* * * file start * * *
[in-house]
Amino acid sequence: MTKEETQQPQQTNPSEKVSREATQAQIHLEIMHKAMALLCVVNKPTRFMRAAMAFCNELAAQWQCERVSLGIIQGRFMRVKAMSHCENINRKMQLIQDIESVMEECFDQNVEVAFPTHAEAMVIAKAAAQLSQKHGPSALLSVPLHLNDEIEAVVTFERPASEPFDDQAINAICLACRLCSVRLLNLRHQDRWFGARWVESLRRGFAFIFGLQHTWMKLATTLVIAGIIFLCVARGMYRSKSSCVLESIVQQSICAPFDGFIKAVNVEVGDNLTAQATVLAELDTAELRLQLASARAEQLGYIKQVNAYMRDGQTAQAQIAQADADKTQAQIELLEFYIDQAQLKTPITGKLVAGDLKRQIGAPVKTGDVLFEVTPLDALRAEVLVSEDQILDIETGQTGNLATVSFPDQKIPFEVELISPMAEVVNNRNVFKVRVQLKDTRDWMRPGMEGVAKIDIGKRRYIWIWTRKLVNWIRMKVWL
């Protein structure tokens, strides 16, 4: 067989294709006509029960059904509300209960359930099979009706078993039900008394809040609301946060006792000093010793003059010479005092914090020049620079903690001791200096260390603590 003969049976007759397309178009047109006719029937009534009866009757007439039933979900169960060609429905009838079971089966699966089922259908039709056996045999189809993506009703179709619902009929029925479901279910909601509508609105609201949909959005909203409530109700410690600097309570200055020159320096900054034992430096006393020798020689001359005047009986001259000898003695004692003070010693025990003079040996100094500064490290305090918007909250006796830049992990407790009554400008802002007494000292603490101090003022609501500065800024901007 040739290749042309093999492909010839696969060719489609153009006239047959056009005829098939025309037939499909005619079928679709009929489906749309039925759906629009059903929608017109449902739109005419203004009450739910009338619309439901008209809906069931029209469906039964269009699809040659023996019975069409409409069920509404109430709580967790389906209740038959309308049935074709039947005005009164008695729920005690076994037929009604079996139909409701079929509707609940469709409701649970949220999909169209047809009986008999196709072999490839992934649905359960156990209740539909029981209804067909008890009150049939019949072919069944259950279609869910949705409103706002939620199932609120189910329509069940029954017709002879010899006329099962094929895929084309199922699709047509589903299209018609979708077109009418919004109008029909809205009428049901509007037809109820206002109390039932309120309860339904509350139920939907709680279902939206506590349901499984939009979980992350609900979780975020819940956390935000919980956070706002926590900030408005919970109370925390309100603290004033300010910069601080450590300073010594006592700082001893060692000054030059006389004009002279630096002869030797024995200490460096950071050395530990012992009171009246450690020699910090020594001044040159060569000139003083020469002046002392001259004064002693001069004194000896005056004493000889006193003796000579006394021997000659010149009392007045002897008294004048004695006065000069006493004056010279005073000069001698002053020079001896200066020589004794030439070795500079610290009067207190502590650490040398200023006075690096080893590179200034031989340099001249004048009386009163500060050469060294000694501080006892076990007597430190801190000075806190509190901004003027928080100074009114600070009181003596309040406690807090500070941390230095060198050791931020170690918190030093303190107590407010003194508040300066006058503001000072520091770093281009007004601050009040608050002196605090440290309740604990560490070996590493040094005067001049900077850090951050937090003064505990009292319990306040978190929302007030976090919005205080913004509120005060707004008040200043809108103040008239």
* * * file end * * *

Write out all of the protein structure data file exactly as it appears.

[in-house]
Amino acid sequence: MTKEETQQPQQTNPSEKVSREATQAQIHLEIMHKAMALLCVVNKPTRFMRAAMAFCNELAAQWQCERVSLGIIQGRFMRVKAMSHCENINRKMQLIQDIESVMEECFDQNVEVAFPTHAEAMVIAKAAAQLSQKHGPSALLSVPLHLNDEIEAVVTFERPASEPFDDQAINAICLACRLCSVRLLNLRHQDRWFGARWVESLRRGFAFIFGLQHTWMKLATTLVIAGIIFLCVARGMYRSKSSCVLESIVQQSICAPFDGFIKAVNVEVGDNLTAQATVLAELDTAELRLQLASARAEQLGYIKQVNAYMRDGQTAQAQIAQADADKTQAQIELLEFYIDQAQLKTPITGKLVAGDLKRQIGAPVKTGDVLFEVTPLDALRAEVLVSEDQILDIETGQTGNLATVSFPDQKIPFEVELISPMAEVVNNRNVFKVRVQLKDTRDWMRPGMEGVAKIDIGKRRYIWIWTRKLVNWIRMKVWL
């Protein structure tokens, strides 16, 4: 067989294709006509029960059904509300209960359930099979009706078993039900008394809040609301946060006792000093010793003059010479005092914090020049620079903690001791200096260390603590 003969049976007759397309178009047109006719029937009534009866009757007439039933979900169960060609429905009838079971089966699966089922259908039709056996045999189809993506009703179709619902009929029925479901279910909601509508609105609201949909959005909203409530109700410690600097309570200055020159320096900054034992430096006393020798020689001359005047009986001259000898003695004692003070010693025990003079040996100094500064490290305090918007909250006796830049992990407790009554400008802002007494000292603490101090003022609501500065800024901007 040739290749042309093999492909010839696969060719489609153009006239047959056009005829098939025309037939499909005619079928679709009929489906749309039925759906629009059903929608017109449902739109005419203004009450739910009338619309439901008209809906069931029209469906039964269009699809040659023996019975069409409409069920509404109430709580967790389906209740038959309308049935074709039947005005009164008695729920005690076994037929009604079996139909409701079929509707609940469709409701649970949220999909169209047809009986008999196709072999490839992934649905359960156990209740539909029981209804067909008890009150049939019949072919069944259950279609869910949705409103706002939620199932609120189910329509069940029954017709002879010899006329099962094929895929084309199922699709047509589903299209018609979708077109009418919004109008029909809205009428049901509007037809109820206002109390039932309120309860339904509350139920939907709680279902939206506590349901499984939009979980992350609900979780975020819940956390935000919980956070706002926590900030408005919970109370925390309100603290004033300010910069601080450590300073010594006592700082001893060692000054030059006389004009002279630096002869030797024995200490460096950071050395530990012992009171009246450690020699910090020594001044040159060569000139003083020469002046002392001259004064002693001069004194000896005056004493000889006193003796000579006394021997000659010149009392007045002897008294004048004695006065000069006493004056010279005073000069001698002053020079001896200066020589004794030439070795500079610290009067207190502590650490040398200023006075690096080893590179200034031989340099001249004048009386009163500060050469060294000694501080006892076990007597430190801190000075806190509190901004003027928080100074009114600070009181003596309040406690807090500070941390230095060198050791931020170690918190030093303190107590407010003194508040300066006058503001000072520091770093281009007004601050009040608050002196605090440290309740604990560490070996590493040094005067001049900077850090951050937090003064505990009292319990306040978190929302007030976090919005205080913004509120005060707004008040200043809108103040008239």